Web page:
A multiple sclerosis drug sold by Swiss drug giant Novartis AG came under safety scanner, after an European agency said it would investigate the drug following reports of heart problems and at least one death related to it.
Last month, a person reportedly died in the U.S. within 24 hours of taking the drug while reports of 10 other deaths have only deepened concerns related to the drug's side effects.
Currently, it is not clear if the deaths were caused by the drug or not, the European Medicines Agency has said.
The drug, Gilenya, was approved as the first-ever oral treatment for multiple sclerosis in the U.S. and it came with a known side effect of bradycardia or slow heart rate associated with the first dose.
It got EU marketing approval last year and so far more than 30,000 people have used the drug worldwide.
While the review is going on, the European Medicines Agency advised doctors to increase their level of monitoring of patients after the first dose of the medicine is administered by the use of electrocardiograms and measuring blood pressure and heart rate every hour. The agency expects to complete the review by March.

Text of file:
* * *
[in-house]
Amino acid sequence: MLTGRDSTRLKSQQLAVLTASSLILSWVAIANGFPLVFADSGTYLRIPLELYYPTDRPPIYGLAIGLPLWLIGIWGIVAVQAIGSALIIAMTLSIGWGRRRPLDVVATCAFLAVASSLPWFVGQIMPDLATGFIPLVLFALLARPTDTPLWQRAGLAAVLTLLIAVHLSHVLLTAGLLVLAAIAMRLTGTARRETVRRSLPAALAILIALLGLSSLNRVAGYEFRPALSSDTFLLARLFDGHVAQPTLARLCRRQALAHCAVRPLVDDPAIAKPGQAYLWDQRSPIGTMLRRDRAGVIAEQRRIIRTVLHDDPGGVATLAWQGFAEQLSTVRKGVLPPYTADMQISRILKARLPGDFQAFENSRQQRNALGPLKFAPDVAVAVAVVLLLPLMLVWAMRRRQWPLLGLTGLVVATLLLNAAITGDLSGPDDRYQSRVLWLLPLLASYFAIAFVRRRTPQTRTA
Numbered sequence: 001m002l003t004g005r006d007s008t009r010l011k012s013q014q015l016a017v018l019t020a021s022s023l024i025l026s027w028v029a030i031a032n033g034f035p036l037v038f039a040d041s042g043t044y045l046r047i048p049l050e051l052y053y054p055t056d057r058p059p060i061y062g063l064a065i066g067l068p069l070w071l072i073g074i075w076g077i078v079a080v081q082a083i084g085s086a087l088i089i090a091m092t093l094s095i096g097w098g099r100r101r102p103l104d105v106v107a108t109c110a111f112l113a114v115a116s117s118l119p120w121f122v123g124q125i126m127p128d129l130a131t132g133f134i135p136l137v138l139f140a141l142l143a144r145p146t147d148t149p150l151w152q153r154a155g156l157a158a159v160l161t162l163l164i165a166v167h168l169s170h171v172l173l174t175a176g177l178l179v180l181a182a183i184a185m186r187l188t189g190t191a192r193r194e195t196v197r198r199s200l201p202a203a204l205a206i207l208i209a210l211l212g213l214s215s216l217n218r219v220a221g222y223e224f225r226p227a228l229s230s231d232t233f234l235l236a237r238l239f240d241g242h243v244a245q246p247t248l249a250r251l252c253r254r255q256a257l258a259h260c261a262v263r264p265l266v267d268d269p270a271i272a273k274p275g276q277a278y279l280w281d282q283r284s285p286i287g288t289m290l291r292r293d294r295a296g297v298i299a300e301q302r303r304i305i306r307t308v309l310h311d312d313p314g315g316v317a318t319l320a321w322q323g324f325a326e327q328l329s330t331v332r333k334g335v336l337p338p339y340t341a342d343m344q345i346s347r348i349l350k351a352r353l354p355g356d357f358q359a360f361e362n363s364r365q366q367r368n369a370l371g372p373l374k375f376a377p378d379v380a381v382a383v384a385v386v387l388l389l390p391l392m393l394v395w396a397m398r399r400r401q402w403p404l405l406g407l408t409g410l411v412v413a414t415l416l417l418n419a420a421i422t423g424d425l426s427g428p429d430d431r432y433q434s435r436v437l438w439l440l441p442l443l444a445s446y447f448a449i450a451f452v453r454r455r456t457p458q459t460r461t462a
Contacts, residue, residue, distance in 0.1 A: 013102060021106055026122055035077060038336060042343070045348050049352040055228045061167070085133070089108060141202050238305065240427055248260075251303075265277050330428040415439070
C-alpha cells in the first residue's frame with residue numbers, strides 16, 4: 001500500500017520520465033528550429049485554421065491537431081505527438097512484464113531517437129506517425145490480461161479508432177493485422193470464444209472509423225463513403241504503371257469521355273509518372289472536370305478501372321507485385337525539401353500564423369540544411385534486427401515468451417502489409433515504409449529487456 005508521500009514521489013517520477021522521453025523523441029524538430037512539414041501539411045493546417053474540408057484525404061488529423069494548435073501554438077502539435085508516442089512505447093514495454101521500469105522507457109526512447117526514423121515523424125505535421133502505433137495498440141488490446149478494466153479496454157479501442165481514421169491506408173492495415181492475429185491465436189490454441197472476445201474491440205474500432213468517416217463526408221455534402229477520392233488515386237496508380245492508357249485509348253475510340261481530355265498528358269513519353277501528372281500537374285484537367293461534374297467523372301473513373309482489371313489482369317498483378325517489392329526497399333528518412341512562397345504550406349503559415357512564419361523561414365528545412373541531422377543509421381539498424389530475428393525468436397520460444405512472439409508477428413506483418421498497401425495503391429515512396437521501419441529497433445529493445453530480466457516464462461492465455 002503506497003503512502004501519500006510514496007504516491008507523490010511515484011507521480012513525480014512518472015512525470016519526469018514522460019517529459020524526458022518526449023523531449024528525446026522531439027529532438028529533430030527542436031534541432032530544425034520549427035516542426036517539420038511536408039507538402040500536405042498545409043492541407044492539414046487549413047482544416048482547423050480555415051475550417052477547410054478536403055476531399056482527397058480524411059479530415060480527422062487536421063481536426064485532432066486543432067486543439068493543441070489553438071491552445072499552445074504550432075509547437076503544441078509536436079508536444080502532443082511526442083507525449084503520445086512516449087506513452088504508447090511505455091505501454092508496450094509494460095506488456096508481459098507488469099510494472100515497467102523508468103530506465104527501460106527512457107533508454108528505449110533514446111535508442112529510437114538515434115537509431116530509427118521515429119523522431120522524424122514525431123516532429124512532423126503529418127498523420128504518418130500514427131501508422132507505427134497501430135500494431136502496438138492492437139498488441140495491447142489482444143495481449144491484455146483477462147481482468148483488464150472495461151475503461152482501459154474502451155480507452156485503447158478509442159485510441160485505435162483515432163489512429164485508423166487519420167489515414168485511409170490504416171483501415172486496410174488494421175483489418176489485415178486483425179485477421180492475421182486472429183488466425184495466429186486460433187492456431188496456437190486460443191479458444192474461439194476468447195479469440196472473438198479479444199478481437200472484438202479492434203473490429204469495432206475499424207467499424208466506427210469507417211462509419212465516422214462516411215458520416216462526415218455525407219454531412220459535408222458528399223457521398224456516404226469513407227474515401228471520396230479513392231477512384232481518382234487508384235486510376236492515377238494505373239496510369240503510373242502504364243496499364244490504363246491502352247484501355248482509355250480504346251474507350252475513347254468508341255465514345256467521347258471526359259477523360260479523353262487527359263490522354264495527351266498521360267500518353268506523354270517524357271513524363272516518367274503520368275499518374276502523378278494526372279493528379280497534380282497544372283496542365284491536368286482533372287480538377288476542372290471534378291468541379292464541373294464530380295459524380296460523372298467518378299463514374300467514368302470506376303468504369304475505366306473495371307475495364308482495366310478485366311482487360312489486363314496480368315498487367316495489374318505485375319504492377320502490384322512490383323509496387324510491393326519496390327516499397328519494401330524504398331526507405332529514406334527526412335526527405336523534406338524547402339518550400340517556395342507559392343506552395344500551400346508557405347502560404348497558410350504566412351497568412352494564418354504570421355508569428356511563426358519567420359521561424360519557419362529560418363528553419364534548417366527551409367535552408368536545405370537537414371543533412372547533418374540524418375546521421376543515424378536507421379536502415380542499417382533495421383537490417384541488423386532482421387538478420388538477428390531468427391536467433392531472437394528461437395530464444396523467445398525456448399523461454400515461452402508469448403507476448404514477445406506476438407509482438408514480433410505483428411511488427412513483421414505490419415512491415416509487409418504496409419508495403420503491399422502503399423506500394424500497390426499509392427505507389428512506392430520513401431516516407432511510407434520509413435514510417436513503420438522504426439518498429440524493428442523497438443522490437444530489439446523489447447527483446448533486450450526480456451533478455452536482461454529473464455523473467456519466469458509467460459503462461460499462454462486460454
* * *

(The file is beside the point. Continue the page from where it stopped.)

The drug is touted to have a billion dollar market worldwide, but reports of serious heart problems associated with the drug have become a major concern for the drug maker, which is set to lose a large chunk of its revenue as some of its popular drugs face patent expiry.
According to Reuters data, Gilenya has the potential to earn $1.8 billion in annual sales by 2016.
Multiple sclerosis is a poorly understood nervous disorder that affects 2.5 million people worldwide, mostly women, which can cause numbness, paralysis and loss of vision.